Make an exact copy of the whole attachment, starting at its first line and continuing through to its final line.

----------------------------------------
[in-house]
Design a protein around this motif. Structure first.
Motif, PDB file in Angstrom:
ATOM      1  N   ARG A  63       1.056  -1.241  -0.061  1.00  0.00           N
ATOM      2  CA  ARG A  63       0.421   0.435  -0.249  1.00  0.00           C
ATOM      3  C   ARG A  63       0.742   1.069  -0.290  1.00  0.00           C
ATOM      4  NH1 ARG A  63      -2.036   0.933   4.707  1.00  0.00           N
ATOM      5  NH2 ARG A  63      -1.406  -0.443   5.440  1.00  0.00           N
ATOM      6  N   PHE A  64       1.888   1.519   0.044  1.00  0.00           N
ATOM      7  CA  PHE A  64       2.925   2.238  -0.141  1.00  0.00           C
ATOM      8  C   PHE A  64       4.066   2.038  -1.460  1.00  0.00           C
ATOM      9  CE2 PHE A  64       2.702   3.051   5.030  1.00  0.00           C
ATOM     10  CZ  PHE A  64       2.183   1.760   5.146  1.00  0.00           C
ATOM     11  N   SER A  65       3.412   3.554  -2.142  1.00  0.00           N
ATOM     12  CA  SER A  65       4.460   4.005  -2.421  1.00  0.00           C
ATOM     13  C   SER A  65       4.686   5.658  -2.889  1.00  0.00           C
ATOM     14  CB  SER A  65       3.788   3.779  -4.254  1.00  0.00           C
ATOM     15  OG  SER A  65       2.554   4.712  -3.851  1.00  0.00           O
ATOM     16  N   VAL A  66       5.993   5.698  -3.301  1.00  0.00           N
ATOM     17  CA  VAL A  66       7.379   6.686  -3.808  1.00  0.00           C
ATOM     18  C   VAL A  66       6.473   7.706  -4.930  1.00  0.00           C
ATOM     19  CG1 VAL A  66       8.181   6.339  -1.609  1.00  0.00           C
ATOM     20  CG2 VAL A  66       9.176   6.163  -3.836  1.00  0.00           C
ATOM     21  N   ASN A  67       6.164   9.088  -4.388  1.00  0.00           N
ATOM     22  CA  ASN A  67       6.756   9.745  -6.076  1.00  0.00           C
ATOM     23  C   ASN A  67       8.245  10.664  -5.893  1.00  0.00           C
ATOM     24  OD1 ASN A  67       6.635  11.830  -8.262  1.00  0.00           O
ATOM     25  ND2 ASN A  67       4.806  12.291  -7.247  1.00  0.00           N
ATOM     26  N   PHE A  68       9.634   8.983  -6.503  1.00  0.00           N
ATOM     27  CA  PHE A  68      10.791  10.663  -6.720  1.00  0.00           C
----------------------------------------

[in-house]
Design a protein around this motif. Structure first.
Motif, PDB file in Angstrom:
ATOM      1  N   ARG A  63       1.056  -1.241  -0.061  1.00  0.00           N
ATOM      2  CA  ARG A  63       0.421   0.435  -0.249  1.00  0.00           C
ATOM      3  C   ARG A  63       0.742   1.069  -0.290  1.00  0.00           C
ATOM      4  NH1 ARG A  63      -2.036   0.933   4.707  1.00  0.00           N
ATOM      5  NH2 ARG A  63      -1.406  -0.443   5.440  1.00  0.00           N
ATOM      6  N   PHE A  64       1.888   1.519   0.044  1.00  0.00           N
ATOM      7  CA  PHE A  64       2.925   2.238  -0.141  1.00  0.00           C
ATOM      8  C   PHE A  64       4.066   2.038  -1.460  1.00  0.00           C
ATOM      9  CE2 PHE A  64       2.702   3.051   5.030  1.00  0.00           C
ATOM     10  CZ  PHE A  64       2.183   1.760   5.146  1.00  0.00           C
ATOM     11  N   SER A  65       3.412   3.554  -2.142  1.00  0.00           N
ATOM     12  CA  SER A  65       4.460   4.005  -2.421  1.00  0.00           C
ATOM     13  C   SER A  65       4.686   5.658  -2.889  1.00  0.00           C
ATOM     14  CB  SER A  65       3.788   3.779  -4.254  1.00  0.00           C
ATOM     15  OG  SER A  65       2.554   4.712  -3.851  1.00  0.00           O
ATOM     16  N   VAL A  66       5.993   5.698  -3.301  1.00  0.00           N
ATOM     17  CA  VAL A  66       7.379   6.686  -3.808  1.00  0.00           C
ATOM     18  C   VAL A  66       6.473   7.706  -4.930  1.00  0.00           C
ATOM     19  CG1 VAL A  66       8.181   6.339  -1.609  1.00  0.00           C
ATOM     20  CG2 VAL A  66       9.176   6.163  -3.836  1.00  0.00           C
ATOM     21  N   ASN A  67       6.164   9.088  -4.388  1.00  0.00           N
ATOM     22  CA  ASN A  67       6.756   9.745  -6.076  1.00  0.00           C
ATOM     23  C   ASN A  67       8.245  10.664  -5.893  1.00  0.00           C
ATOM     24  OD1 ASN A  67       6.635  11.830  -8.262  1.00  0.00           O
ATOM     25  ND2 ASN A  67       4.806  12.291  -7.247  1.00  0.00           N
ATOM     26  N   PHE A  68       9.634   8.983  -6.503  1.00  0.00           N
ATOM     27  CA  PHE A  68      10.791  10.663  -6.720  1.00  0.00           C